Historical Stock Chart
5 Years : From Feb 2012 to Feb 2017
The U.K. competition regulator is expected to give British Sky Broadcasting Group PLC (BSY.LN) a reprieve in the local film market, as rivals such as Lovefilm and Netflix Inc. (NFLX) are undermining the pay-television operator's dominance and reducing the need to impose restrictions, according to the Mail on Sunday newspaper, without saying where it got its information.
U.S.-based Internet movie service firm Netflix began a long-awaited push into the U.K. and Ireland in January, pitting it against Lovefilm, a U.K.-based online-video rival that Amazon.com Inc. (AMZ) acquired in 2011. In response, Lovefilm cut its prices.
The Competition Commission is expected to publish its findings as early as this week, according to the report.
In its preliminary findings last year in August, the regulator said it was looking to change the way BSkyB operates its Sky Movies business to allow rivals such as Virgin Media Inc. (VMED) and BT Group PLC's (BT.A.LN) BT Vision to compete on a more equal footing.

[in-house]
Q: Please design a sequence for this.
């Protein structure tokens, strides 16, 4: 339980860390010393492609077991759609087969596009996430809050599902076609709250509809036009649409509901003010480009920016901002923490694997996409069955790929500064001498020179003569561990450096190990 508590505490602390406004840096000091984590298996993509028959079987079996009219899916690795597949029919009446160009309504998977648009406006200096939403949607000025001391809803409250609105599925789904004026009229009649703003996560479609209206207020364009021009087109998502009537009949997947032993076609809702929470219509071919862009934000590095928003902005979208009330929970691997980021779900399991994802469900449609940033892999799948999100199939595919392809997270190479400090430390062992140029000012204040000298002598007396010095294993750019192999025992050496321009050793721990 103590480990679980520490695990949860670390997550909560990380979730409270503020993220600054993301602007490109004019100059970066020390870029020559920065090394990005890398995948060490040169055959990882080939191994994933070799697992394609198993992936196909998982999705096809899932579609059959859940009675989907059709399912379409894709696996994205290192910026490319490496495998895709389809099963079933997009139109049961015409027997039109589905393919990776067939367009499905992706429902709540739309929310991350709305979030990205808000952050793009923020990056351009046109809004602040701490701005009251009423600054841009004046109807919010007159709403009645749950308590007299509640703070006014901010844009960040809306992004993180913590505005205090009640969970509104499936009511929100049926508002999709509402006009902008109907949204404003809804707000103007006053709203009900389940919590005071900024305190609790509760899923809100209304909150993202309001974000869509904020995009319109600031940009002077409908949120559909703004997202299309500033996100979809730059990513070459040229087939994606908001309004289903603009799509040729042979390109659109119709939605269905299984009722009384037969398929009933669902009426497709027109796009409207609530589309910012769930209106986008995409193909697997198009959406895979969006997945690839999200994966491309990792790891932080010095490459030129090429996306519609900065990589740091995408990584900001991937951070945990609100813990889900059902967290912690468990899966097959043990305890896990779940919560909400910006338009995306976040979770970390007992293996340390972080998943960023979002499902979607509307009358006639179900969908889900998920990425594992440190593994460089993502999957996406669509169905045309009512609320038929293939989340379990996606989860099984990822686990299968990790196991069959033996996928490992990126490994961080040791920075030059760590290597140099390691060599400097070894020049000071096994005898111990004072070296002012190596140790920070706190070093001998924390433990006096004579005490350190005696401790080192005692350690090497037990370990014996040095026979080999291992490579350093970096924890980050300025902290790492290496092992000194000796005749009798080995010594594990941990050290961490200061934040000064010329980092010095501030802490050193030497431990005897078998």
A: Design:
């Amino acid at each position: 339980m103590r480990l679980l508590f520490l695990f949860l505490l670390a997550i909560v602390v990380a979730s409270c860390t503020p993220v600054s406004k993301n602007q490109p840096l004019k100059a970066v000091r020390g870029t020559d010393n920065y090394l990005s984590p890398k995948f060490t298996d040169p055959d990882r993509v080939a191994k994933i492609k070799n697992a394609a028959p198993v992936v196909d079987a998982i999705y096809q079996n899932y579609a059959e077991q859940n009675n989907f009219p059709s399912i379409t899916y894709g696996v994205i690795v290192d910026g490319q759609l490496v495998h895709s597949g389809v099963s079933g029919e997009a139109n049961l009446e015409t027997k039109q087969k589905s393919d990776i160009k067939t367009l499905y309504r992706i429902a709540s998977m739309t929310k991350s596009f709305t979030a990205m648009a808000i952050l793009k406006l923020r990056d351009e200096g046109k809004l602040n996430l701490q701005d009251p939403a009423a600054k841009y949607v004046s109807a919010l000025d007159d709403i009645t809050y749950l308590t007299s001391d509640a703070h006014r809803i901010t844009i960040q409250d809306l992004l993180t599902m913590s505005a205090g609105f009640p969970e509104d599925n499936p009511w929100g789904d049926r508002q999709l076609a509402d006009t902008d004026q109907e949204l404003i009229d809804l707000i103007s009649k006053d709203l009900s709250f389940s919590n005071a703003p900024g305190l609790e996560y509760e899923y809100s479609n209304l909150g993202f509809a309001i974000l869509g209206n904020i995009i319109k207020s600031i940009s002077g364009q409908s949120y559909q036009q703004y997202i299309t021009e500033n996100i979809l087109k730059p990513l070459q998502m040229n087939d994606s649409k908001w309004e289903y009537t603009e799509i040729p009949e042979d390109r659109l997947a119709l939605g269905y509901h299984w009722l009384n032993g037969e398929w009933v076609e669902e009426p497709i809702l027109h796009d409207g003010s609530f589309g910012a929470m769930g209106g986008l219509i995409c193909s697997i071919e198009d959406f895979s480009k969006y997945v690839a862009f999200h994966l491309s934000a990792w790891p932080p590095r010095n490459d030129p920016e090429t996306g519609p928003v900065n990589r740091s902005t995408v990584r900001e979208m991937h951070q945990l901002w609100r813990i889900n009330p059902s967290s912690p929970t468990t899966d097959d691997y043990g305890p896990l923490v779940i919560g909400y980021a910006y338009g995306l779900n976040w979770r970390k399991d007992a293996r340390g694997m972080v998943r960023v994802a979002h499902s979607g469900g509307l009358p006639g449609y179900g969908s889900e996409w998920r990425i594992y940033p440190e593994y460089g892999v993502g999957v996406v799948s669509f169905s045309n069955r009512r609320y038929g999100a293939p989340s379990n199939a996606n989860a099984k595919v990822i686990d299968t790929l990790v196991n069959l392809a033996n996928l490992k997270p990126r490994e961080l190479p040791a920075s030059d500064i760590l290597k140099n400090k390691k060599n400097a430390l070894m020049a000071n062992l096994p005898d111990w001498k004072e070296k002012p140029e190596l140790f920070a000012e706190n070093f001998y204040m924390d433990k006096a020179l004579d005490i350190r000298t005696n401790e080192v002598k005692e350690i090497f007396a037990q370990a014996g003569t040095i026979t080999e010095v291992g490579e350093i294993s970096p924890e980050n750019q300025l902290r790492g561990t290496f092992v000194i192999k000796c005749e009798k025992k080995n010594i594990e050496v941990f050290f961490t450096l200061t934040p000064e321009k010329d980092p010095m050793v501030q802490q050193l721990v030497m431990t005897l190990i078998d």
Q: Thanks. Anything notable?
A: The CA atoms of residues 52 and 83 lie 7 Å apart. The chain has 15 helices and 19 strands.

The Competition Commission said at the time that would-be rivals were unable to bid successfully against BSkyB for the rights to show movies from all six major Hollywood studios in the first subscription pay-TV window because of BSkyB's large base of subscribers.
A spokesman from the regulator declined to comment on the report.
BSkyB counts News Corp.'s (NWS) as its biggest shareholder with a 39.1% stake. News Corp. also owns Dow Jones & Co., publisher of this newswire and The Wall Street Journal.
Newspaper Web site: http://www.dailymail.co.uk
-London Bureau, Dow Jones Newswires; +44 (0)20 7842 9320